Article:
3. Matthias test


stoop test

The test is performed in an upright position. You need to ask the subject to raise his hands in front of him at shoulder level and hold this position for more than 30 s. The researcher observes what happens to the posture of the researcher after this time. If, while holding the hands in this position, the subject’s posture has not changed significantly (let us assume a slight backward tilt of the torso), then he has a normal posture with good muscle function (Fig. 1, from left to right). If the subject maintains a normal posture for 30 seconds, but then his thoracic kyphosis and lumbar lordosis sharply increase, this indicates rather a functional disorder of posture, about its weakness (Fig. 2). If the subject from the very beginning cannot assume an upright position and leans sharply backward, leading the pelvis forward,

It is important to note that not a single test by itself can give reliable information about the state of posture, and only after a comprehensive examination with the participation of a qualified specialist, an accurate diagnosis can be made. It is possible to obtain reliable information about structural changes in posture (confirming the diagnosis of Shaerman-Mau disease, for example) by passing an X-ray of the spine in an upright position in the sagittal plane. If the structural change in posture is confirmed, professional medical assistance is indispensable.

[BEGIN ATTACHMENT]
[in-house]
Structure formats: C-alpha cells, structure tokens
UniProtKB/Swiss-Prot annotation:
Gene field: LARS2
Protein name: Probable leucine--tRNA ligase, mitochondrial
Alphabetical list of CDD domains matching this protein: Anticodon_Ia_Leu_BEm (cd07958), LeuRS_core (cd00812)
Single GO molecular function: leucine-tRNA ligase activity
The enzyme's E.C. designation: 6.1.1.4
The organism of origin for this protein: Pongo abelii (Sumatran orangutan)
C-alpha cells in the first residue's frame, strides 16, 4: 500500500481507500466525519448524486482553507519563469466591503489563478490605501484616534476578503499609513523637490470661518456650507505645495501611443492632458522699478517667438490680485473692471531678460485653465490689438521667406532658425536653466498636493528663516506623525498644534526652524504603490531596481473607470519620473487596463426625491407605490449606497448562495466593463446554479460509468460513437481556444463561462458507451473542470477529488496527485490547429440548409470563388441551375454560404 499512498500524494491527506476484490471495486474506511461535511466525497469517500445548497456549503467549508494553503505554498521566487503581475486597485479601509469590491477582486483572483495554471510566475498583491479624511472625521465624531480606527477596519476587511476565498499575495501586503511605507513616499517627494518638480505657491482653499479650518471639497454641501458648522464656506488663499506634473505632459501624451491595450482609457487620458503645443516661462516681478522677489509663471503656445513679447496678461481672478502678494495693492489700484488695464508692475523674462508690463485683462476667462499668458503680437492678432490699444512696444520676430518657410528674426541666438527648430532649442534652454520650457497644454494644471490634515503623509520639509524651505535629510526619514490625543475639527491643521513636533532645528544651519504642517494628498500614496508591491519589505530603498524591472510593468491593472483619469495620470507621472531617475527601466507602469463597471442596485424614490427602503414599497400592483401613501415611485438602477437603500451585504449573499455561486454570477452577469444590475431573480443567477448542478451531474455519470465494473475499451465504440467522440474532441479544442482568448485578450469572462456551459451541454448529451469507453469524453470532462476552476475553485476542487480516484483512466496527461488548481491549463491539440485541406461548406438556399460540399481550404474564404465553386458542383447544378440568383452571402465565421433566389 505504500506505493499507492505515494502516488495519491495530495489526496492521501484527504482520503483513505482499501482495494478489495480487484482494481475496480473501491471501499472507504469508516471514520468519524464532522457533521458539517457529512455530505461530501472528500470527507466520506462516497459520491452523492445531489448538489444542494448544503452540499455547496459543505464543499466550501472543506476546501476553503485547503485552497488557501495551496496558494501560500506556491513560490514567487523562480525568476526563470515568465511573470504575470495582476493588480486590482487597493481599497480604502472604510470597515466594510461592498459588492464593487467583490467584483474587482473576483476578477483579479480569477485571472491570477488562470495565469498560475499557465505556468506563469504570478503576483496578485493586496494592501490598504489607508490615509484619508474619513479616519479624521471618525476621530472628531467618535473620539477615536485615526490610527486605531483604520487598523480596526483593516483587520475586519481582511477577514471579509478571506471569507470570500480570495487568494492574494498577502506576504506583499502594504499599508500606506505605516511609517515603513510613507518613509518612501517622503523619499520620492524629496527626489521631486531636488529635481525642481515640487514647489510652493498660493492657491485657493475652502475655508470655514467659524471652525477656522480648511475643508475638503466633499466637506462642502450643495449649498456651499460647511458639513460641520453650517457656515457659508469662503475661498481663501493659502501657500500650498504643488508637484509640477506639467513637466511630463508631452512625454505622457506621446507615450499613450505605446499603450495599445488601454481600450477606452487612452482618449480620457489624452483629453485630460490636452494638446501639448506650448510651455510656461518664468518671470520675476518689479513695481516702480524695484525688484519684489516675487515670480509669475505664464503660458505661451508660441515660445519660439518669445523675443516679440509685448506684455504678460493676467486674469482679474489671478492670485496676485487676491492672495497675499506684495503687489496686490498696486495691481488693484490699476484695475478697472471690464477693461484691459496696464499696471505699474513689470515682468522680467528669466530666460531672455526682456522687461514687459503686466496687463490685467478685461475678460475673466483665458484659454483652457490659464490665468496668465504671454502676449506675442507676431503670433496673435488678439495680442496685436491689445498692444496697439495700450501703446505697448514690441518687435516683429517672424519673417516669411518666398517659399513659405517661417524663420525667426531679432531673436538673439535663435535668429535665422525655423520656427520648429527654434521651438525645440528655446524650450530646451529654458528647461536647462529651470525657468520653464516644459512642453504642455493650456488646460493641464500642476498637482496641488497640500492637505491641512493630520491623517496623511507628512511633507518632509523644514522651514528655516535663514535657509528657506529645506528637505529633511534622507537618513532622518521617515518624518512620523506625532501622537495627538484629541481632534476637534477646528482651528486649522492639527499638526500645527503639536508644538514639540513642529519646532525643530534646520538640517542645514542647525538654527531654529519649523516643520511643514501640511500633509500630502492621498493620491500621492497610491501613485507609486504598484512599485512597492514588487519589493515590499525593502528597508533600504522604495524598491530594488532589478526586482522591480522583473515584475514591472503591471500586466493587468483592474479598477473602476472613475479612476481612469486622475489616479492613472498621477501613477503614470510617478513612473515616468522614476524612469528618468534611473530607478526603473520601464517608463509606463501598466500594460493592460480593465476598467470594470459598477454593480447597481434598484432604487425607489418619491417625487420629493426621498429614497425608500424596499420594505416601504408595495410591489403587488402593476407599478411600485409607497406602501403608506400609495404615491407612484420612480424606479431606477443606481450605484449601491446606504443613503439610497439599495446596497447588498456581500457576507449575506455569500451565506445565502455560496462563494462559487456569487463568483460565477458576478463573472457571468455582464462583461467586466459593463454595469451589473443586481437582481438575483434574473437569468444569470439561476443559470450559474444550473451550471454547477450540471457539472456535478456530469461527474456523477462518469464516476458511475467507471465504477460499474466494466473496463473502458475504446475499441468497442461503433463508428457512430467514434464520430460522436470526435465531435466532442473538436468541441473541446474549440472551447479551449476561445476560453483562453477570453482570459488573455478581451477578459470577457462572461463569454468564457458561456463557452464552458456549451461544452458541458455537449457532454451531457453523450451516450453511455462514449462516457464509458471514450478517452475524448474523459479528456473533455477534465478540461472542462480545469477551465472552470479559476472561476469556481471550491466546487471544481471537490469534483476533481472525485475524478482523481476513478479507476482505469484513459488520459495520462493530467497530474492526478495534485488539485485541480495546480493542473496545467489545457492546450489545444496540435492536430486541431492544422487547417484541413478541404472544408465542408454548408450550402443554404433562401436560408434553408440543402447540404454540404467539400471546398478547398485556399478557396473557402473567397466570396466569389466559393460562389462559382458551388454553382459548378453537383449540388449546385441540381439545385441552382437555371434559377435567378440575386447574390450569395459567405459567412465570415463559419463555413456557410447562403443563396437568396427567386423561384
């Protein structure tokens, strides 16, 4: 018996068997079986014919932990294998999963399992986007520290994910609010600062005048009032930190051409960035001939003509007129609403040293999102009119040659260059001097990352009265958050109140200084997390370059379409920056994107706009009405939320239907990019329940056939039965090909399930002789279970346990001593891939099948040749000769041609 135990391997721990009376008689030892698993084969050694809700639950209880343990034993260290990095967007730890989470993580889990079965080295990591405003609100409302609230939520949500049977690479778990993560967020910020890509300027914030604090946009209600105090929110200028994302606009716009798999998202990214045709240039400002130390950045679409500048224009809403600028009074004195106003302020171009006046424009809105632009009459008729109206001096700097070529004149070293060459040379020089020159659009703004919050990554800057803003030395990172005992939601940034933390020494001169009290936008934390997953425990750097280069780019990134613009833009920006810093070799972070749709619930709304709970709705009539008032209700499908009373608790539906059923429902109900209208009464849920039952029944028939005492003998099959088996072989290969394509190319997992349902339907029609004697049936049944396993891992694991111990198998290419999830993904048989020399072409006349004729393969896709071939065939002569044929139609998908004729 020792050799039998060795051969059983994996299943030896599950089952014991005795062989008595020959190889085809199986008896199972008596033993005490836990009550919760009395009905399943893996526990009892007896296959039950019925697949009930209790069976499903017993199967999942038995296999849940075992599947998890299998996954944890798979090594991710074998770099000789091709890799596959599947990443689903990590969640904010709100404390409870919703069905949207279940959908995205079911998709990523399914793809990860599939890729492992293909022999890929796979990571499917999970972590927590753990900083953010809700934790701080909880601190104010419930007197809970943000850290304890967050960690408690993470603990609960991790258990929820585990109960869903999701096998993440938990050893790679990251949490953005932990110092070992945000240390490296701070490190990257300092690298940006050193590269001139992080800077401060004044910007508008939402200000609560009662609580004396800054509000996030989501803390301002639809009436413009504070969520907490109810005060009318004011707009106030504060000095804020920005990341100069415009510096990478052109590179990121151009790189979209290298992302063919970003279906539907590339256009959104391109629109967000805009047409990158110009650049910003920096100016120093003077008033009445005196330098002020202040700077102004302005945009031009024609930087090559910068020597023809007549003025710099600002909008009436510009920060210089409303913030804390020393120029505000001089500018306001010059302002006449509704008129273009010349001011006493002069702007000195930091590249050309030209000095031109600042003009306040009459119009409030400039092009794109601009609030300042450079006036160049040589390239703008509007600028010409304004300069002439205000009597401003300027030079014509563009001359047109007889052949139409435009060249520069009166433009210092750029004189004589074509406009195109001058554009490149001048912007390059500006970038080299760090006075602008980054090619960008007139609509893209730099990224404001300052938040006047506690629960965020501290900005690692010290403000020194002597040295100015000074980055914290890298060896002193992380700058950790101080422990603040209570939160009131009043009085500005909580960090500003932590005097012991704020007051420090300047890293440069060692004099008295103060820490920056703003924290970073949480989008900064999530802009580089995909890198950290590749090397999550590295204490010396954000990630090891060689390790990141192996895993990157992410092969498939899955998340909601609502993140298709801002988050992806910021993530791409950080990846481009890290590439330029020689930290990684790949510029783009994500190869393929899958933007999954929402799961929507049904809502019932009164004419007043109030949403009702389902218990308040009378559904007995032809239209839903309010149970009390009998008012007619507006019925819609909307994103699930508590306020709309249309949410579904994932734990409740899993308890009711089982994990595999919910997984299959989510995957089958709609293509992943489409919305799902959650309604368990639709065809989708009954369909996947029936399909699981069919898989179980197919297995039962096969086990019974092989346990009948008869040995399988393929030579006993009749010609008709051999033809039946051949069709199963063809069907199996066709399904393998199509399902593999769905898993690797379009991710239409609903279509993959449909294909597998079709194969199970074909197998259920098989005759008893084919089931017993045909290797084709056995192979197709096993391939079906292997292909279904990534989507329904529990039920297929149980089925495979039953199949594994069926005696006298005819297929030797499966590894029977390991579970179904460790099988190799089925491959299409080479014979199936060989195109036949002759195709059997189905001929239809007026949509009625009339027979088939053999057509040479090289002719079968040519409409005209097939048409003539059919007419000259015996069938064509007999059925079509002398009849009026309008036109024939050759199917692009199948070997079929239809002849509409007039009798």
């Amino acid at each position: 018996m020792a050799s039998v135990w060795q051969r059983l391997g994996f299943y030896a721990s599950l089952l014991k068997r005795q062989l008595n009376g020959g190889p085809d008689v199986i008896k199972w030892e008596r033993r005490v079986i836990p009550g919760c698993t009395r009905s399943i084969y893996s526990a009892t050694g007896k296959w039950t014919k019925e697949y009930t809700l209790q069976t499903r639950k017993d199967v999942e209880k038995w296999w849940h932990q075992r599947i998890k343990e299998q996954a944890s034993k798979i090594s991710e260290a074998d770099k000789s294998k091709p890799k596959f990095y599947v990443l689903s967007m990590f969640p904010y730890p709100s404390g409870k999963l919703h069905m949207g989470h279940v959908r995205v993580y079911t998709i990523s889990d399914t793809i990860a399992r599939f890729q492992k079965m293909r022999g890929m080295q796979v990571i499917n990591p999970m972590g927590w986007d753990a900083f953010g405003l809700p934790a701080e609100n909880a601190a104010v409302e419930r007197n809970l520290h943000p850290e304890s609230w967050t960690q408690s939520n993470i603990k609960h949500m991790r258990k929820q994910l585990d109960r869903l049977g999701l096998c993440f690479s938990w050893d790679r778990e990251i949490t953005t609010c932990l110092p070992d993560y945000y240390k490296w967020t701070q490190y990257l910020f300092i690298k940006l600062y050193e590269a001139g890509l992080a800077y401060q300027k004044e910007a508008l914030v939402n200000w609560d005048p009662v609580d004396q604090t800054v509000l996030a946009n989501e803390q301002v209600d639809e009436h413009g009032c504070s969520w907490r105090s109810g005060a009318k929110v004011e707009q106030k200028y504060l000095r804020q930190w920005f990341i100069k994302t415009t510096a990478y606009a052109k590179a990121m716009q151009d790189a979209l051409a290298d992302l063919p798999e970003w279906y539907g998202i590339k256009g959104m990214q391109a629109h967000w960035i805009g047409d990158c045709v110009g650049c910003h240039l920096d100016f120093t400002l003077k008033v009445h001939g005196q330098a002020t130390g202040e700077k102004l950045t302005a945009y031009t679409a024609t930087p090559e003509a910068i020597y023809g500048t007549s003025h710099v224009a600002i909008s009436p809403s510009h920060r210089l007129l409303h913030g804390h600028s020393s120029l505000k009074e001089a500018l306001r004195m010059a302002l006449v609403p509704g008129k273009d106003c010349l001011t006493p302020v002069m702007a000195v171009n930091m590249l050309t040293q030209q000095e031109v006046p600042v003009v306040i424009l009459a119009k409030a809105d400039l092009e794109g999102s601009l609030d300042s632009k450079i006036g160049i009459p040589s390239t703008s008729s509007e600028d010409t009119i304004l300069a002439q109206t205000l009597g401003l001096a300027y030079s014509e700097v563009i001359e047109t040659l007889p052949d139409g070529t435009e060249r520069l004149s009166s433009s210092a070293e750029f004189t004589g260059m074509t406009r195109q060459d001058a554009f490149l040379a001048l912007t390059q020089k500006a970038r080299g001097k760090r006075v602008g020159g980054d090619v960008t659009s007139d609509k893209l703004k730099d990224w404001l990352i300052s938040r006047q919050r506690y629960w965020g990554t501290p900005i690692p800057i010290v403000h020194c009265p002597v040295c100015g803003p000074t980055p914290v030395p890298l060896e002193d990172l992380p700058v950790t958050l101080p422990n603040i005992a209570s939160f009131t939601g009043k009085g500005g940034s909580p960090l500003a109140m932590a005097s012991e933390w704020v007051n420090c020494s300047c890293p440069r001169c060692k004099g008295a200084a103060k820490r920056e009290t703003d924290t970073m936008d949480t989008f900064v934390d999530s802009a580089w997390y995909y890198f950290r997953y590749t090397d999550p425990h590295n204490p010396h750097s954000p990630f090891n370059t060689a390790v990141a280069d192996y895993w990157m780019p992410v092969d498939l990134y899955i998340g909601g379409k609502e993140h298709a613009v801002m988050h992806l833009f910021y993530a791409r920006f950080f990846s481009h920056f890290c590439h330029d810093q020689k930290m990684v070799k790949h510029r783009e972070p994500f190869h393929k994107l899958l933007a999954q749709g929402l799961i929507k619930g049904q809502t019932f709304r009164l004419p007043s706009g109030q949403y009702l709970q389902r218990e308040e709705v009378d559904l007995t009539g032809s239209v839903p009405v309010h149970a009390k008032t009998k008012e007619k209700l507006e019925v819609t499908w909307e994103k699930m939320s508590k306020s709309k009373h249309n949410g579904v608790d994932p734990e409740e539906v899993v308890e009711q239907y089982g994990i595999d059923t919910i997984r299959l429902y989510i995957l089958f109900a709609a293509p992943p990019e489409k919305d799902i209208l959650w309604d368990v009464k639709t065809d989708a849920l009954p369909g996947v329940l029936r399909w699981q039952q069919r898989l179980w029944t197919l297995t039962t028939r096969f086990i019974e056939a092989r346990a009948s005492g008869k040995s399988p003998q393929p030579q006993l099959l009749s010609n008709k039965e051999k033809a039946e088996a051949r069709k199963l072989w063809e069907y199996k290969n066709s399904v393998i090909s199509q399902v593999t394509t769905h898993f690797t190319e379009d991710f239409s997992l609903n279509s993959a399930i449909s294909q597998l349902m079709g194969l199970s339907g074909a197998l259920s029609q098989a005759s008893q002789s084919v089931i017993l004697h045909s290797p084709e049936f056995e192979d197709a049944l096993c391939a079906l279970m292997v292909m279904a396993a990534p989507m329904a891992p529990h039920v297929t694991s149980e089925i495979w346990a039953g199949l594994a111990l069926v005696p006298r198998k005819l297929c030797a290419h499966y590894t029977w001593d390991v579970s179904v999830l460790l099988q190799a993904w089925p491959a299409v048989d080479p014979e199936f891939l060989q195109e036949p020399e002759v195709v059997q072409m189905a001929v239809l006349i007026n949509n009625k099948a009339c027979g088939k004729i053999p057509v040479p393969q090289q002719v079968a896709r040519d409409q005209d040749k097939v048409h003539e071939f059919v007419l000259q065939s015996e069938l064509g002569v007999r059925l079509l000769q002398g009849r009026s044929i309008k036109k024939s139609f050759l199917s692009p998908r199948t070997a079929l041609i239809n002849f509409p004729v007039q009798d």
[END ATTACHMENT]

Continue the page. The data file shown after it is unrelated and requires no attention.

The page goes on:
Can the slouch be corrected?

If posture changes are functional in nature, the prospects for improving it are very optimistic. The reasons for the stoop can be very diverse: there are weak back muscles, especially the interscapular zone; physical activity, in which a large load falls on the pectoral muscles and rectus abdominis muscles; work at a low table; myopia; unbalanced diet; various diseases; heredity; there may also be psychological reasons for slouching when a person “hides his head in his shoulders.”

Signs of slouching